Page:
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New York State Governor Kathy Hochul recently signed into law
eight pieces of legislation designed to combat human trafficking.
These laws require many hospitality industry employers to provide
specific anti-human-trafficking awareness training to employees.
They also require certain hospitality and transportation industry
employers to post information regarding services available to human
The new laws require employers that are required to provide
employees with alcohol awareness training to include a human
trafficking curriculum in such training; require lodging facilities
to train their client-facing employees to recognize human
trafficking victims; and require the Thruway Authority, airports,
truck stops, port authority, and port authority bus terminals to
post informational signs and cards concerning services for human
trafficking victims in public restrooms. In addition,
establishments that serve alcoholic beverages must display signs
about the illegality of human trafficking and the assistance
The law requiring lodging facilities to provide human
trafficking awareness training to employees applies to any inn,
hotel, motel, motor court or other establishment that provides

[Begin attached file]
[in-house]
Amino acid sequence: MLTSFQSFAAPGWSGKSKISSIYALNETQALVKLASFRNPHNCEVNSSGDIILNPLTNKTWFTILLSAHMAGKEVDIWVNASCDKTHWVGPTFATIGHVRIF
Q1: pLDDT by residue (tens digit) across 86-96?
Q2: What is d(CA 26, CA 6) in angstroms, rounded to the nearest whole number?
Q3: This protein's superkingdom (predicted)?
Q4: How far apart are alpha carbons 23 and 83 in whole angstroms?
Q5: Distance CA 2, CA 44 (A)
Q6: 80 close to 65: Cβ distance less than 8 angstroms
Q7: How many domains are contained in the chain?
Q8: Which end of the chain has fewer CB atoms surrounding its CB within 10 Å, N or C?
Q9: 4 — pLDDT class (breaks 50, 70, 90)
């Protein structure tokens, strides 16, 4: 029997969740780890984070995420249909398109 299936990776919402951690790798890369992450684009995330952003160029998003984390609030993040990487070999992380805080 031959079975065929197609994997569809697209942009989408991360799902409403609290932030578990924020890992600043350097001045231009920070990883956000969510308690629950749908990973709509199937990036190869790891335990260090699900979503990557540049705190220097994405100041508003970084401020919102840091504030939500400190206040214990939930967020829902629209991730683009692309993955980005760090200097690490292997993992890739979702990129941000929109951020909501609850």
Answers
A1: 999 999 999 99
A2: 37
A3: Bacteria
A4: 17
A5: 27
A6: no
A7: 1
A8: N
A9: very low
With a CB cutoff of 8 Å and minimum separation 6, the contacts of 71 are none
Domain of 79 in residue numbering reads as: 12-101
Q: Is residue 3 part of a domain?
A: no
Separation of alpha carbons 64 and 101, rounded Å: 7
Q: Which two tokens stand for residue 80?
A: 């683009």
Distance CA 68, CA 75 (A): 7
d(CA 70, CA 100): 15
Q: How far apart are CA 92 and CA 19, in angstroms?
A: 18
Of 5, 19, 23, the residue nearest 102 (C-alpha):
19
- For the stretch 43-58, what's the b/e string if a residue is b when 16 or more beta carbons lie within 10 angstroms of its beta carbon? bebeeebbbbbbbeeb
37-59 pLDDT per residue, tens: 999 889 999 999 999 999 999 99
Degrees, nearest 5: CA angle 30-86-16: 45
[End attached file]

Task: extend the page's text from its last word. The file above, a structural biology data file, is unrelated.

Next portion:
lodging to transient guests. Client-facing employees are
lodging facility employees who are likely to come into contact with
guests in their facility.
A list of approved training programs will be posted online by
the Division of Criminal Justice Services and the Office of
Temporary and Disability Assistance, which are working in
consultation with the New York State Interagency Task Force on
Human Trafficking. The training will cover, at a minimum: the
nature of human trafficking, how human trafficking is defined in
law, how to identify victims of human trafficking and who employees
should contact if a victim is identified. All client-facing
employees must receive this training by November 20, 2023, four
months from the law’s July 20, 2023 effective date. After that,
all new client-facing employees must receive the training within 60
days of their start date.
The training may be administered as a standalone unit or as part
of the facility’s existing training program. Employers must pay
client-facing employees for attending the training, which is to
take place on-site. Each lodging facility must maintain records
that indicate its client-facing employees completed the training
and maintain such records for the duration of each employee’s
employment and one year following separation.
The content of this article is intended to provide a general
guide to the subject matter. Specialist advice should be sought
about your specific circumstances.
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